“For the human mind, the tree is the easiest vehicle for complex thoughts. But the city is not, cannot and must not be a tree. The city is a receptacle for life. If the receptacle severs the overlap of the strands of life within it, because it is a tree, it will be like a bowl full of razor blades on edge, ready to cut up whatever is entrusted to it. In such a receptacle life will be cut to pieces. If we make cities which are trees, they will cut our life within to pieces.”
– Christopher Alexander
Tokyo is a city in a constant state of becoming; metabolism reigns mighty as history and sentimentality are casted easily aside to make way for “newness” that comes already with an expiration date. Tokyoism is an irresistibly veiled assemblage of the futuristic, the traditional, the ineffable, the finite, all bundled in a poignant narrative of the relational field of networked “super legal” objects. Antithetical to an archipelago of skyscraper blocks and architectural debris floating, self-absorbed, in its own gleeful solitude, Tokyo is an ever-fluctuating, undulating network; thoroughly connected with embedded redundancies, resilient to hollowing, and simultaneously a stubborn collective of medieval structures, both physical and ephemeral. This city is a great laboratory and it is up to us to tease out an unintended, but nonetheless projective theory of Tokyo that may be more about the future of global cities.
Tokyo is a polycentric city, conceived from its inception and subsequent historical processes to develop in multiple nodes. It serves as a petri dish for a decentralized, highly distributed, and differentiated form of interventions in all scales. With this in mind, this studio will take a critical stance against the prevalent organizational model of consolidation and centralization insofar as urban developments have been concerned. We will begin by analyzing traditionally mega or XL-sized building typologies that occupy vast territories in other parts of the world, thrive in them, and perhaps some that can also be found in Japan. To name a few: shopping malls, hotels, office towers, high-rise condominiums, libraries, museums, theaters, concert halls, universities, convention centers, city halls, gymnasiums, stadia, aquariums, regional transportation hubs, airports, parks, parking garages, seawalls, power plants, water treatment facilities, dams, solar parks, and so on.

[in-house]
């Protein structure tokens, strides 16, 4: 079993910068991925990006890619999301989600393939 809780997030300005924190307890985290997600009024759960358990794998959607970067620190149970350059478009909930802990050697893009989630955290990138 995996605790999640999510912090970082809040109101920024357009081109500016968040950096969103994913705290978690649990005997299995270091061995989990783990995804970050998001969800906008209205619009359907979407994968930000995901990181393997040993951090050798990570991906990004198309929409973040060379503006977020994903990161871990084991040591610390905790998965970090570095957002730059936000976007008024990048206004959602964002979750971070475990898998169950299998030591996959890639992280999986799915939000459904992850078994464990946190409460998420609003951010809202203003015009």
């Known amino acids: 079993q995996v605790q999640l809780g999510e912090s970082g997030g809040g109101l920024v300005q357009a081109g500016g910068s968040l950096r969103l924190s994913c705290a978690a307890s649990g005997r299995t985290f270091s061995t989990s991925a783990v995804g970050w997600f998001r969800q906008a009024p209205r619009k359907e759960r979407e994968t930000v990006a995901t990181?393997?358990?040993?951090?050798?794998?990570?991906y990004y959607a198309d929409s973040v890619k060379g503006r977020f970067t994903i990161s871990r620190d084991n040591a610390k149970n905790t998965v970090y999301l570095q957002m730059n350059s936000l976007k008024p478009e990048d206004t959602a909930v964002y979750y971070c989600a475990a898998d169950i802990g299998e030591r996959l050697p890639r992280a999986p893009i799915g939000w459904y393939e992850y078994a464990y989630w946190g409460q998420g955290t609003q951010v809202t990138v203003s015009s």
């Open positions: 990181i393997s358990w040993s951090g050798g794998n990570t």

After a thorough analyses of those large to extra-large scale typologies, we will rigorously search for ways in which to dissect, fragment, atomize, combine efficiently, perhaps even absolve some redundancies in those bespoke contemporary megaliths into a distributed system instantiated into Tokyo. Thus, the whole city can potentially become a platform that thrives on diversity—in many senses conjured by that word—for complex coexistences of differences rather than demarcated into zoning segments for an efficiency of control, both politically and environmentally. Only then can Tokyo become a truly cosmopolitan global megapolis after the 2020 Olympics, and by chain reaction, can Japan become an open, unisolated archipelago in a sea of capitalism or whatever social order that may rise. Conversely, by releasing the programs from the sophisticatedly controlled interiority of a megastructure, a new kind of metabolism can emerge. This studio seeks to invent new typologies of architectural and urban space of diverse differences, rather than similarities; heterogeneity over homogeneity; heterotopic over utopic; exceptional over banal; small over large gestures.
Small is a new big, as it shall consume the city as a whole.
 Kaz Yoneda, 2014
 Yasutaka Yoshimura, Super Legal Buildings (Tokyo: Shokokusha, 2006).